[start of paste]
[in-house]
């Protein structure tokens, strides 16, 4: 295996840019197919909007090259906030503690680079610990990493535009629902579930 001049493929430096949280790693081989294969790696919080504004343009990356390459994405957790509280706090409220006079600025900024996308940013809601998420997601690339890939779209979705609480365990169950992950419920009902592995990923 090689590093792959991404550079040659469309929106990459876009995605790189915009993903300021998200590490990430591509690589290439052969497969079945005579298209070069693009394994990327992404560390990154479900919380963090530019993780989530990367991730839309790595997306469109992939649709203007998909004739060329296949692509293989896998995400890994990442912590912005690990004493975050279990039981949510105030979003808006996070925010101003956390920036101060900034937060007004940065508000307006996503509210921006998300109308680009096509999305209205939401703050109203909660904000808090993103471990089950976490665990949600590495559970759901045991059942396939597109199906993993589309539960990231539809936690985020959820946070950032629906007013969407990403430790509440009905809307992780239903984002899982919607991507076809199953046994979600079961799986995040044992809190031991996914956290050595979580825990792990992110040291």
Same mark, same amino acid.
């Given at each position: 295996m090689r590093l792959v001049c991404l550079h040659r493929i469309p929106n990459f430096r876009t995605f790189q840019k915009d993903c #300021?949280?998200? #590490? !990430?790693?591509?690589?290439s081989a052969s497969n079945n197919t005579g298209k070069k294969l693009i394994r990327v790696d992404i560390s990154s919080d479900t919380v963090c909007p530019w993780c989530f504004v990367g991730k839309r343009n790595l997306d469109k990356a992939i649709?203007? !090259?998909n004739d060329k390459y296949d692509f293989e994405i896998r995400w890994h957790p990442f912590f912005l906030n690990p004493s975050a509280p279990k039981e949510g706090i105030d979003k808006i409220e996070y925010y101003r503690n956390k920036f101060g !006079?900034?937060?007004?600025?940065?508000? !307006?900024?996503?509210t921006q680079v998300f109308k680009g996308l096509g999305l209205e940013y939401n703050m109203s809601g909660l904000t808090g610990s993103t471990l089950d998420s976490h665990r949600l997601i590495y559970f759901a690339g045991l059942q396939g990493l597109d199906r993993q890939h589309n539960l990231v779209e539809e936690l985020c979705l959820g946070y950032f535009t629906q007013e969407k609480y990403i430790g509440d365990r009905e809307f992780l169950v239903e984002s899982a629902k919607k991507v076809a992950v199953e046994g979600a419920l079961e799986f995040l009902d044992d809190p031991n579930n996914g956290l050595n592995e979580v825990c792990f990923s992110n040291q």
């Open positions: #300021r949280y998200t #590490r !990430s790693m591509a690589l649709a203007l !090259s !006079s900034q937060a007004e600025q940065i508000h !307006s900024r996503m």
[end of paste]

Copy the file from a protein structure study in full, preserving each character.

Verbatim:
[in-house]
């Protein structure tokens, strides 16, 4: 295996840019197919909007090259906030503690680079610990990493535009629902579930 001049493929430096949280790693081989294969790696919080504004343009990356390459994405957790509280706090409220006079600025900024996308940013809601998420997601690339890939779209979705609480365990169950992950419920009902592995990923 090689590093792959991404550079040659469309929106990459876009995605790189915009993903300021998200590490990430591509690589290439052969497969079945005579298209070069693009394994990327992404560390990154479900919380963090530019993780989530990367991730839309790595997306469109992939649709203007998909004739060329296949692509293989896998995400890994990442912590912005690990004493975050279990039981949510105030979003808006996070925010101003956390920036101060900034937060007004940065508000307006996503509210921006998300109308680009096509999305209205939401703050109203909660904000808090993103471990089950976490665990949600590495559970759901045991059942396939597109199906993993589309539960990231539809936690985020959820946070950032629906007013969407990403430790509440009905809307992780239903984002899982919607991507076809199953046994979600079961799986995040044992809190031991996914956290050595979580825990792990992110040291």
Same mark, same amino acid.
């Given at each position: 295996m090689r590093l792959v001049c991404l550079h040659r493929i469309p929106n990459f430096r876009t995605f790189q840019k915009d993903c #300021?949280?998200? #590490? !990430?790693?591509?690589?290439s081989a052969s497969n079945n197919t005579g298209k070069k294969l693009i394994r990327v790696d992404i560390s990154s919080d479900t919380v963090c909007p530019w993780c989530f504004v990367g991730k839309r343009n790595l997306d469109k990356a992939i649709?203007? !090259?998909n004739d060329k390459y296949d692509f293989e994405i896998r995400w890994h957790p990442f912590f912005l906030n690990p004493s975050a509280p279990k039981e949510g706090i105030d979003k808006i409220e996070y925010y101003r503690n956390k920036f101060g !006079?900034?937060?007004?600025?940065?508000? !307006?900024?996503?509210t921006q680079v998300f109308k680009g996308l096509g999305l209205e940013y939401n703050m109203s809601g909660l904000t808090g610990s993103t471990l089950d998420s976490h665990r949600l997601i590495y559970f759901a690339g045991l059942q396939g990493l597109d199906r993993q890939h589309n539960l990231v779209e539809e936690l985020c979705l959820g946070y950032f535009t629906q007013e969407k609480y990403i430790g509440d365990r009905e809307f992780l169950v239903e984002s899982a629902k919607k991507v076809a992950v199953e046994g979600a419920l079961e799986f995040l009902d044992d809190p031991n579930n996914g956290l050595n592995e979580v825990c792990f990923s992110n040291q």
């Open positions: #300021r949280y998200t #590490r !990430s790693m591509a690589l649709a203007l !090259s !006079s900034q937060a007004e600025q940065i508000h !307006s900024r996503m």